HORACE WALPOLE, British novelist and politician born (d. 1797) A politician, writer, architectural innovator and cousin of Lord Nelson, his Letters are highly readable, and give a vivid picture of the more intellectual part of the aristocracy of his period.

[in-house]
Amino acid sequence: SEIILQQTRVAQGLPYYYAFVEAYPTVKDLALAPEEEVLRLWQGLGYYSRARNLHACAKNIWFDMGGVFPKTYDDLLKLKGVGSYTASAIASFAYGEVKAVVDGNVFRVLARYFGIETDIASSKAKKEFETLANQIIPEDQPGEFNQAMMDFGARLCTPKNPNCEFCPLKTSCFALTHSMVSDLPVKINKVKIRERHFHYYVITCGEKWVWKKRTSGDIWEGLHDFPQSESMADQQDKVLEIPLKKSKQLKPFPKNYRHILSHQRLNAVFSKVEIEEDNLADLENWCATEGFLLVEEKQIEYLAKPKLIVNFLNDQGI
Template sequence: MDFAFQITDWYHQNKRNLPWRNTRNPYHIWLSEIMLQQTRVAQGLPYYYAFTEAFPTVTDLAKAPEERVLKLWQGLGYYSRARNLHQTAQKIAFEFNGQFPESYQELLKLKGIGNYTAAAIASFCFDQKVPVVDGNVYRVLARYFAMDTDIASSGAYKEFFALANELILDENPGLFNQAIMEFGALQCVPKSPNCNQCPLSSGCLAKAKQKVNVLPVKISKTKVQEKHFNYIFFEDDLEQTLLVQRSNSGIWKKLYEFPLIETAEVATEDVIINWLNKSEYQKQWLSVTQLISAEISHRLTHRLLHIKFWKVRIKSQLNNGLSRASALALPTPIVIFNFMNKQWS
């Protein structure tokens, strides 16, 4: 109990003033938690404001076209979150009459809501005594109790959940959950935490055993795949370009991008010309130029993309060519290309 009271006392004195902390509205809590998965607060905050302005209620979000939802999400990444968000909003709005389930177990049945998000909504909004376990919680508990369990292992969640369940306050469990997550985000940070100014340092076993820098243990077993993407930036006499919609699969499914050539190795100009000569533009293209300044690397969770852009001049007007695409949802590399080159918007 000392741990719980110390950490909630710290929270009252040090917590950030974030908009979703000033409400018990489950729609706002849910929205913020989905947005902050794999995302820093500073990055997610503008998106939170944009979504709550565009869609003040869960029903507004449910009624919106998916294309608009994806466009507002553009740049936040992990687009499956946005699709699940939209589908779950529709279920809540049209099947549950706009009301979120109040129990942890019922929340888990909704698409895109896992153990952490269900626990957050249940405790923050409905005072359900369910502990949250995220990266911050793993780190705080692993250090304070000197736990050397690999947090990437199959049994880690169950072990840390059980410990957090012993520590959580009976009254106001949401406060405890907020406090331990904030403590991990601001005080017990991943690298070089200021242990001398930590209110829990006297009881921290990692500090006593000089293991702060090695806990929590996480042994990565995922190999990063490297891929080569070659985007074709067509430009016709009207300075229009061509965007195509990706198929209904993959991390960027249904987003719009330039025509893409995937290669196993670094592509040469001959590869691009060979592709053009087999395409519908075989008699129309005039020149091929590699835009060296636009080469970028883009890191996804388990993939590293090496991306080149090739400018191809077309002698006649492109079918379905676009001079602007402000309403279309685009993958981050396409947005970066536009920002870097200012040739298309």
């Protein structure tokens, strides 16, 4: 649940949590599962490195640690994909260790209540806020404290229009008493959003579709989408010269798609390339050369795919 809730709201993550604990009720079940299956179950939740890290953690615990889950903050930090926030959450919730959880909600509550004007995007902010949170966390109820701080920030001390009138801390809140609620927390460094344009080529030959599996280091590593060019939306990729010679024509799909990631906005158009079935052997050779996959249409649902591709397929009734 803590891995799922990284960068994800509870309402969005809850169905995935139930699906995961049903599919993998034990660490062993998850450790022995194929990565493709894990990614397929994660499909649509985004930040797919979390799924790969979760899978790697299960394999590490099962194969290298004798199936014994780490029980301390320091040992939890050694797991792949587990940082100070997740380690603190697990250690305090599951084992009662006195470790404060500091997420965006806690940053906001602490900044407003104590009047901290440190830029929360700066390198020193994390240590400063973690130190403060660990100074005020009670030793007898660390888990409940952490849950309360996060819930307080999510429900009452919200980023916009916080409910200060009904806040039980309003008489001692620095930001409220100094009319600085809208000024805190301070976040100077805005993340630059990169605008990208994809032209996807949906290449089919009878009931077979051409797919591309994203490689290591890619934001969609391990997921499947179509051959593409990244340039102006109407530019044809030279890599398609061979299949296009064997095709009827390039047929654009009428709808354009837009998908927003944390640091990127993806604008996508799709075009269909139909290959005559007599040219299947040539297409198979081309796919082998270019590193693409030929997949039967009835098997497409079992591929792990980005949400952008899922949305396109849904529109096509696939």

Walpole’s sexual orientation has been the subject of speculation. Biographers such as Lewis, Fothergill and Robert Wyndham Ketton-Cremer have interpreted him as asexual (don’t they always?). He never married, engaging in a succession of unconsummated flirtations with unmarriageable women, and counted among his close friends a number of women such as Anne Seymour Damer and Mary Berry named by a number of sources as Lesbian. Many contemporaries described him as effeminate (one political opponent called him “a hermaphrodite horse”). The architectural historian Timothy Mowl, in his biography Horace Walpole: The Great Outsider offers the theory that Walpole was openly homosexual, and infers that he had an affair with Thomas Gray, dropping him during their Grand Tour in favor of Lord Lincoln (later the 2nd Duke of Newcastle-under-Lyne). His Gothic castle, Strawberry Hill, was decorated by the tres Gay John Chute, the spiritual father of two centuries of Gay interior designers. Walpole spent most of his life hopelessly in love with his heterosexual friend, Henry Seymour Conway, to whom he addressed beautiful love letters. Ironically, when he died, he left Strawberry Hill to Conway’s daughter, Mrs. Damer, without ever having known that she was one of the most celebrated Lesbians of the 18th century.